Minimizing the need for transfusion in pediatric congenital heart surgery
International Journal of Clinical Transfusion Medicine
Blood conservation has become an essential institutional initiative in cardiac surgery patients secondary to published reports associating transfusion with increased morbidity and mortality. Cardiopulmonary bypass (CPB) for children with congenital heart disease presents unique challenges in regard to transfusion practice. The circuit size relative to the pediatric patient's circulating blood volume results in more hemodilution forcing clinicians to adopt several strategies to counteract this.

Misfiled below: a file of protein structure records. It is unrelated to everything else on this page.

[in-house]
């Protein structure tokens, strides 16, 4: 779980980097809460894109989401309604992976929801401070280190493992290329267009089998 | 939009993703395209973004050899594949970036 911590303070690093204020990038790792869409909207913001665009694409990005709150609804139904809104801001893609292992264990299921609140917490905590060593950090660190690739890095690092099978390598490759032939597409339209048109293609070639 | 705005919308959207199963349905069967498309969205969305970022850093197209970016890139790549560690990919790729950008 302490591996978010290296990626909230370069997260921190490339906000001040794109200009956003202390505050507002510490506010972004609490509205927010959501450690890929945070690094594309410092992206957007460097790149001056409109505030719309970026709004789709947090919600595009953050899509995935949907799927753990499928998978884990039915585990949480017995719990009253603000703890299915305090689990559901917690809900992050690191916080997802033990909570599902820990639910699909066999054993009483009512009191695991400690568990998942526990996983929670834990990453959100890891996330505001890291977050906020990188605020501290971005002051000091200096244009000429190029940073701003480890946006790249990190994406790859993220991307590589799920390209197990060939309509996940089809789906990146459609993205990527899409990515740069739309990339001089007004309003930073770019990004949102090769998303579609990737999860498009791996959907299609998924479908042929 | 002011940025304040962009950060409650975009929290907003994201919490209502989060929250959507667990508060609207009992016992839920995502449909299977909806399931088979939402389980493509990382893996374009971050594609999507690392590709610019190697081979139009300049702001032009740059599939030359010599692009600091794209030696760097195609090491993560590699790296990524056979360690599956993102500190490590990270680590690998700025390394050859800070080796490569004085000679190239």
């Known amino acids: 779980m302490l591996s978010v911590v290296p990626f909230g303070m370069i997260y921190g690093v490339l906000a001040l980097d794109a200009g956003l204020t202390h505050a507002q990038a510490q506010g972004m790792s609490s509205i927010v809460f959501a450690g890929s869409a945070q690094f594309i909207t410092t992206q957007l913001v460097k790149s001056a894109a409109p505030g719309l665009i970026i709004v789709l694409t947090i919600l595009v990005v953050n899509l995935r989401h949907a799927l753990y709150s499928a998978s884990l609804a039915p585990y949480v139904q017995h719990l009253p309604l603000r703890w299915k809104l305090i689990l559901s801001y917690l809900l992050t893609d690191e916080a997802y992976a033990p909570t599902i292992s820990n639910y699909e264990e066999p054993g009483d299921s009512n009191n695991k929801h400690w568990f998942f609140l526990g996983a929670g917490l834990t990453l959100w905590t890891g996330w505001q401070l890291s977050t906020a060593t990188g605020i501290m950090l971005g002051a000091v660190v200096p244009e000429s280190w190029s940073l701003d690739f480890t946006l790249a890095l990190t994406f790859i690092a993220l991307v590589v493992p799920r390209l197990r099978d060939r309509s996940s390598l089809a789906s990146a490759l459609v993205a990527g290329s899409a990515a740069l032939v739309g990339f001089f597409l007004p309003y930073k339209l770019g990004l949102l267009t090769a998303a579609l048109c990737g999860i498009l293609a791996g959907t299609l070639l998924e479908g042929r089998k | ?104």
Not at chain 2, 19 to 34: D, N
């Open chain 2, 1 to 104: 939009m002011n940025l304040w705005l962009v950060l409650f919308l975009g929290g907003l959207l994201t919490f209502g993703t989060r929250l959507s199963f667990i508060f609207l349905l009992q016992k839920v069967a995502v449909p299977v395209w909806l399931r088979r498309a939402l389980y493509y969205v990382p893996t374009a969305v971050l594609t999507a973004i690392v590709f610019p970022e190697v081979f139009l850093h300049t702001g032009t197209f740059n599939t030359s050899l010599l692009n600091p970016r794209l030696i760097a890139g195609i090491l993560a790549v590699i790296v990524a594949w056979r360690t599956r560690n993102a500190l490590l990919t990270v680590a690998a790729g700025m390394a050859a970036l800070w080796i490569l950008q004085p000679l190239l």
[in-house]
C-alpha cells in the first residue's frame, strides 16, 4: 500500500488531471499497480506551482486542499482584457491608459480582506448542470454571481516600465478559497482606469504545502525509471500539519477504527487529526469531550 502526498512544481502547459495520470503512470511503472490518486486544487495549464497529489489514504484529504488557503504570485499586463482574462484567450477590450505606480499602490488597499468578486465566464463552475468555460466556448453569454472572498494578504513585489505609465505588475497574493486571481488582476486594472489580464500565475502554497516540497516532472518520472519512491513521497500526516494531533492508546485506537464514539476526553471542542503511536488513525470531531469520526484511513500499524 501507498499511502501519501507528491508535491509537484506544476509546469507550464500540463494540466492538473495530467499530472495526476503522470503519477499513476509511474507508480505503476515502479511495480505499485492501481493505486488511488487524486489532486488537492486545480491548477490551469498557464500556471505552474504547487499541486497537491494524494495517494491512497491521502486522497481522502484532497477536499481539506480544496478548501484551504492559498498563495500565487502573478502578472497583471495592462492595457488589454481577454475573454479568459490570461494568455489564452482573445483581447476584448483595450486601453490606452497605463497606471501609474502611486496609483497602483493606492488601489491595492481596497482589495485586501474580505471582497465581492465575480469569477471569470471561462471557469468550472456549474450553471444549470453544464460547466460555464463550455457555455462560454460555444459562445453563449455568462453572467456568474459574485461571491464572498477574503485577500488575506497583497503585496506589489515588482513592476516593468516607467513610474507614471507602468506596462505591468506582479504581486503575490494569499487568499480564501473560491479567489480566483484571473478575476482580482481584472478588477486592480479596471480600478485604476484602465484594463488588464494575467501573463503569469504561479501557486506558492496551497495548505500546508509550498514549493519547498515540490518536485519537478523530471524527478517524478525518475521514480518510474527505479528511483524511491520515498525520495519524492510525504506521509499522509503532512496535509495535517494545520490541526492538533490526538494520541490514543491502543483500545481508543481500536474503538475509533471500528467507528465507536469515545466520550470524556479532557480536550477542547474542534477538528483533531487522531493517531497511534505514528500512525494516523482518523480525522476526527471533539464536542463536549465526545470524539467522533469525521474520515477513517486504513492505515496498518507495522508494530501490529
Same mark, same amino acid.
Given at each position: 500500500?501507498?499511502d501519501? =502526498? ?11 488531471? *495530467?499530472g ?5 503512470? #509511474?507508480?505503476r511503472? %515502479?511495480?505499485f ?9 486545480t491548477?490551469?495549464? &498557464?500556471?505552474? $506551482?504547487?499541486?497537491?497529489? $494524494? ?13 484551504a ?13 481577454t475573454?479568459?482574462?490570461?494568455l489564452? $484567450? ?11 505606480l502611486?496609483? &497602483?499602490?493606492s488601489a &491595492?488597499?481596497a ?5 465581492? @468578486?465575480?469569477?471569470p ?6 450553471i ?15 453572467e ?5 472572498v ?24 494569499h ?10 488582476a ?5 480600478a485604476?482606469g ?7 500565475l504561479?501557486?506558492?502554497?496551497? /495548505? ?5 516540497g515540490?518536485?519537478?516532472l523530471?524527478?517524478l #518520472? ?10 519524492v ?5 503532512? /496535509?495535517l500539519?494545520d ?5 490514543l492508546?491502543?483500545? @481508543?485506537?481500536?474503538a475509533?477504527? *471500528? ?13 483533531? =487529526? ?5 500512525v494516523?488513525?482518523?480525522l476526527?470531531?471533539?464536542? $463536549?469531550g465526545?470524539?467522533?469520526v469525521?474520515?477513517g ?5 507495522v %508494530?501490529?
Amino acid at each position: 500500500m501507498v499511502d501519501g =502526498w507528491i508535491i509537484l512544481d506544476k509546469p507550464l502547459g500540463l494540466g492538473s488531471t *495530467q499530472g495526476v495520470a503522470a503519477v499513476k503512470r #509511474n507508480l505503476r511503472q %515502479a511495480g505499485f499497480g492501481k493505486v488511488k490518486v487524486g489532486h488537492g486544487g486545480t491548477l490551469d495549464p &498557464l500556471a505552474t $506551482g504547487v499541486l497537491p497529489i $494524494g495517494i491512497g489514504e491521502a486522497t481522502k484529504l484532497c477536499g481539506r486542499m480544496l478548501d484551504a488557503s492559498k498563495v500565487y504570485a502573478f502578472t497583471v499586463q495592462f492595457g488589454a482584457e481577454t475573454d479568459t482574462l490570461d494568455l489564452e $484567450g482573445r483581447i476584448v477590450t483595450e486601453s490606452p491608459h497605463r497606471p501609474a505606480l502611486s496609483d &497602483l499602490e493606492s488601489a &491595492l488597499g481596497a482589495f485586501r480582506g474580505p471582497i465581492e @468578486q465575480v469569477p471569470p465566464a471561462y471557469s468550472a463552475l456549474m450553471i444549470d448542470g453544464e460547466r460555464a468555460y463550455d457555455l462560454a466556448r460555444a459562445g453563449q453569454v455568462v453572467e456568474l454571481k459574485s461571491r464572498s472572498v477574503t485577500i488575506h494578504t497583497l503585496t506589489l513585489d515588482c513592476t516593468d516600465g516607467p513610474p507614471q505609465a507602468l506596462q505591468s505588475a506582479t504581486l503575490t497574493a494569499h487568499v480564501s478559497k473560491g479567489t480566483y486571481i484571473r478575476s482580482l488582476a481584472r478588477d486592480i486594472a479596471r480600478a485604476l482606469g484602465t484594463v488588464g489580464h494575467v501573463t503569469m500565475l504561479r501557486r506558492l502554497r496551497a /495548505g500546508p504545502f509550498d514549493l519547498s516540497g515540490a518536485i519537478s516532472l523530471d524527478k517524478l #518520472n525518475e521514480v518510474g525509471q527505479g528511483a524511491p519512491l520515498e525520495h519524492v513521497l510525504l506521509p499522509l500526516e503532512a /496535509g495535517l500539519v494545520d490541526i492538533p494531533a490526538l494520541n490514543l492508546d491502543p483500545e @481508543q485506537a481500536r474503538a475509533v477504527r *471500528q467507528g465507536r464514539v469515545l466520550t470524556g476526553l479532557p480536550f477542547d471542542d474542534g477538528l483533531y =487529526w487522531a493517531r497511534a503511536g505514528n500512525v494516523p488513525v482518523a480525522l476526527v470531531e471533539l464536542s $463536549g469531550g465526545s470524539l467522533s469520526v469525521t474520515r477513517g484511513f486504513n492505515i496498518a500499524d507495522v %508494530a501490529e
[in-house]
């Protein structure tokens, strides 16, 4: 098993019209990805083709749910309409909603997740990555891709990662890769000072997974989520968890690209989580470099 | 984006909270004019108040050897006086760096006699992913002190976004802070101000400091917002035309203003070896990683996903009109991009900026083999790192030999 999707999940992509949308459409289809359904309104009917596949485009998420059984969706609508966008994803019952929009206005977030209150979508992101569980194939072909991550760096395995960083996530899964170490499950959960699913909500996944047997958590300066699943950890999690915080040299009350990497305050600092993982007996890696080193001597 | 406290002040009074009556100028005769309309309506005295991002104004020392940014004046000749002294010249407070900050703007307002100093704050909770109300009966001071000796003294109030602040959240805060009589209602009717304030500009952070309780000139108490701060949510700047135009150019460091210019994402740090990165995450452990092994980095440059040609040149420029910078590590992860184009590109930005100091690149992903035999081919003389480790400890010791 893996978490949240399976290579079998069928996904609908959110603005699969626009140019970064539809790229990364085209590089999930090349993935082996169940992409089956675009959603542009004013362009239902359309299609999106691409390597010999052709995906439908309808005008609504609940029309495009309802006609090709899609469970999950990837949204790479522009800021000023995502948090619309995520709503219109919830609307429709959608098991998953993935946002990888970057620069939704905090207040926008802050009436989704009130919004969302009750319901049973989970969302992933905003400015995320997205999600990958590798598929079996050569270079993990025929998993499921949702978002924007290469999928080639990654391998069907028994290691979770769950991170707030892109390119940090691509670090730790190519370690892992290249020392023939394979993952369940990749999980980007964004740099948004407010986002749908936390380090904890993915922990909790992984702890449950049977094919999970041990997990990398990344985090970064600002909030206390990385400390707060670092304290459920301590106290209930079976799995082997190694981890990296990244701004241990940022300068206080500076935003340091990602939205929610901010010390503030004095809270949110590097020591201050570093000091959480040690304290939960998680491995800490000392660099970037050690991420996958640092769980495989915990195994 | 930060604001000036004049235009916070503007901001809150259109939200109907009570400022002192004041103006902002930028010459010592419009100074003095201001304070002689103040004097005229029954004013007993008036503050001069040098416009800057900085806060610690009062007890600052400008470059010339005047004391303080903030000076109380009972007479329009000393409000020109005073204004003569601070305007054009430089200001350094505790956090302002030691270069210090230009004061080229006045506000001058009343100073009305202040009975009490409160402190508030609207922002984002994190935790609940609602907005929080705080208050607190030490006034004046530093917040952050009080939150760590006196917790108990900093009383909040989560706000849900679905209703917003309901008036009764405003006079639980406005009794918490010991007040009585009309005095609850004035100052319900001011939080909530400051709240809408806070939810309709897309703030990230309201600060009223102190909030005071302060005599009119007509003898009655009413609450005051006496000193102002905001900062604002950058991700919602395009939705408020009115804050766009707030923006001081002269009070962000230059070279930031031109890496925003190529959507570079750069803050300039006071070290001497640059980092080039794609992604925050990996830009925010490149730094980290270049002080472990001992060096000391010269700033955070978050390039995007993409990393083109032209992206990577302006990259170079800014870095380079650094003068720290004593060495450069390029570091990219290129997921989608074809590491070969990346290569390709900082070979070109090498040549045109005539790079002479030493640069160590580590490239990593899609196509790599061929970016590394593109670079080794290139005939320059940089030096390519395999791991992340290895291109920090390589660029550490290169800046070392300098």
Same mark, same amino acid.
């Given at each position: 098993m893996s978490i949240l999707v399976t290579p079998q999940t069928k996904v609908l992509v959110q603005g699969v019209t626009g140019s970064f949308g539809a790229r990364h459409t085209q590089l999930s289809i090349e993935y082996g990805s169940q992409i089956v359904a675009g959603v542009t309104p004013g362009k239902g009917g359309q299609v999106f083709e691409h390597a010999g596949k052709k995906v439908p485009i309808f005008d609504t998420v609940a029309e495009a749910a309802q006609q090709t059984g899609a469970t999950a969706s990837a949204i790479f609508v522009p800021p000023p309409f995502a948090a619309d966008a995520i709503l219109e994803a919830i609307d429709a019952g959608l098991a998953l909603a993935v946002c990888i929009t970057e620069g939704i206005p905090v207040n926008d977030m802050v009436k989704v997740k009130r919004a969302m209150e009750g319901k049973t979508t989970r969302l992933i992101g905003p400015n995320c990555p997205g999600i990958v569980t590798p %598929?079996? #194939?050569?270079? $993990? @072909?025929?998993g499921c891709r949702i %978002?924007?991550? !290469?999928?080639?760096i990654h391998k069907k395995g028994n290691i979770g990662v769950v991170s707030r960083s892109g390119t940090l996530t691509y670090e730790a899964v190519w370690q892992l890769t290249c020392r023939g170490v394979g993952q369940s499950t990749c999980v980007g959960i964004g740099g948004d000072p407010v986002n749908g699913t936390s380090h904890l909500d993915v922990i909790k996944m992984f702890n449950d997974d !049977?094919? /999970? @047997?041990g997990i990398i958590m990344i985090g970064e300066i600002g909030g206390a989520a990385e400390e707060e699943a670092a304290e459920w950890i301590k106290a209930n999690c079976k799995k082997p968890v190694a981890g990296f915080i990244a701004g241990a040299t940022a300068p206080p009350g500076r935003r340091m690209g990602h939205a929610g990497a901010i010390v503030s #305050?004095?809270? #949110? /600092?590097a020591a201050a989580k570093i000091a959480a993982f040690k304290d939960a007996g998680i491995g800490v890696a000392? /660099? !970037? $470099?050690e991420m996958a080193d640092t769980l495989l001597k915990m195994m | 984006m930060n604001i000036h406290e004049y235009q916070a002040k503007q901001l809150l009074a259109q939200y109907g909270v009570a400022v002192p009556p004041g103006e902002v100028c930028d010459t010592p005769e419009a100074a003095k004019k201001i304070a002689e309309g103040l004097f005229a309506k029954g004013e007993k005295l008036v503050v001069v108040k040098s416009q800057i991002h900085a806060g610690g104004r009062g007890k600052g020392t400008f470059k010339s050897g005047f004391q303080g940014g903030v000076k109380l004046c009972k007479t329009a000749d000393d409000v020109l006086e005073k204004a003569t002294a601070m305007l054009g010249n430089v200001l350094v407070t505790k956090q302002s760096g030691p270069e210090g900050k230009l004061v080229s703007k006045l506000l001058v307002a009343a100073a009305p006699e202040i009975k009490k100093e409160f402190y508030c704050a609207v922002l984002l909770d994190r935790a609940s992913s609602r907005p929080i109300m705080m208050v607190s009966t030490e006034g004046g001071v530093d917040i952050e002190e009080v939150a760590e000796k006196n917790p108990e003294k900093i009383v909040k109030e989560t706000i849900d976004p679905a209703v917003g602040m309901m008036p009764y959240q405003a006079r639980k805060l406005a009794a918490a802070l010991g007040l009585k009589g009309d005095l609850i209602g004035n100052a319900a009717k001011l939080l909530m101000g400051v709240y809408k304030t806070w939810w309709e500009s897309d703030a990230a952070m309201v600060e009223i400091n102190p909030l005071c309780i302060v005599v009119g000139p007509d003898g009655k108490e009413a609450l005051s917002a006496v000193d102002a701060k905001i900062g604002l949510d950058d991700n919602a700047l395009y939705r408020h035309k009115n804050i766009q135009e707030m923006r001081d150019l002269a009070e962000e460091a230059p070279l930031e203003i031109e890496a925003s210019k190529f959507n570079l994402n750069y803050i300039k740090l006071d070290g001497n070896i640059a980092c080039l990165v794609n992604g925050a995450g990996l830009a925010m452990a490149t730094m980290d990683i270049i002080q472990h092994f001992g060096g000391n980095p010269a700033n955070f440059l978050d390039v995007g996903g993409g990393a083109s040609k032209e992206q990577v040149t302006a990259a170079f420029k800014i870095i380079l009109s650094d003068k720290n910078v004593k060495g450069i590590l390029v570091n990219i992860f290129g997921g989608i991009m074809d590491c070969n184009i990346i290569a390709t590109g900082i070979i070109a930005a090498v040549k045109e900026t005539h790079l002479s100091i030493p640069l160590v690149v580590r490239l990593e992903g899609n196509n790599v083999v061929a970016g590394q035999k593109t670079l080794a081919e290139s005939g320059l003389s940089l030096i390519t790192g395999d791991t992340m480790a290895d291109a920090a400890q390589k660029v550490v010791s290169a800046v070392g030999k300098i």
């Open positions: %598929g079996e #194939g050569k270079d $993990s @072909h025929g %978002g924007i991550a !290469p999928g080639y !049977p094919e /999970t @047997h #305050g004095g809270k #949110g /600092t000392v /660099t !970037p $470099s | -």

... o counteract this. It is generally agreed that the effects of hemodilution in this population are less well understood. That being said, there is evidence that neurologic outcomes are impacted by significant anemia in neonates and infants undergoing CPB. This adds to the level of concern clinicians should have when managing congenital heart surgery patients. Optimized surgical outcomes are dependent on neurologic outcomes. Specific transfusion guidelines for pediatric cardiac surgery still vary widely across institutions, and a safe minimum hematocrit on bypass has not been established. Evidence-based guidelines are more prevalent in adult cardiac surgery patients, but there are a growing number of reports for pediatrics. Clearly, well-defined operative strategies and a team approach will decrease blood product transfusions and minimize the associated risks in pediatric patients, especially in regard to neurologic outcomes. The ongoing development of evidence-based guidelines for pediatric perfusion will serve clinicians, and most importantly, their patients, well. The purpose of this review is to present current practice to limit blood transfusions in pediatric cardiac surgery exclusively inside the operating room and related to CPB as well as minimizing the side effects of the coagulation disturbances caused by the level of hemodilution these patients may encounter.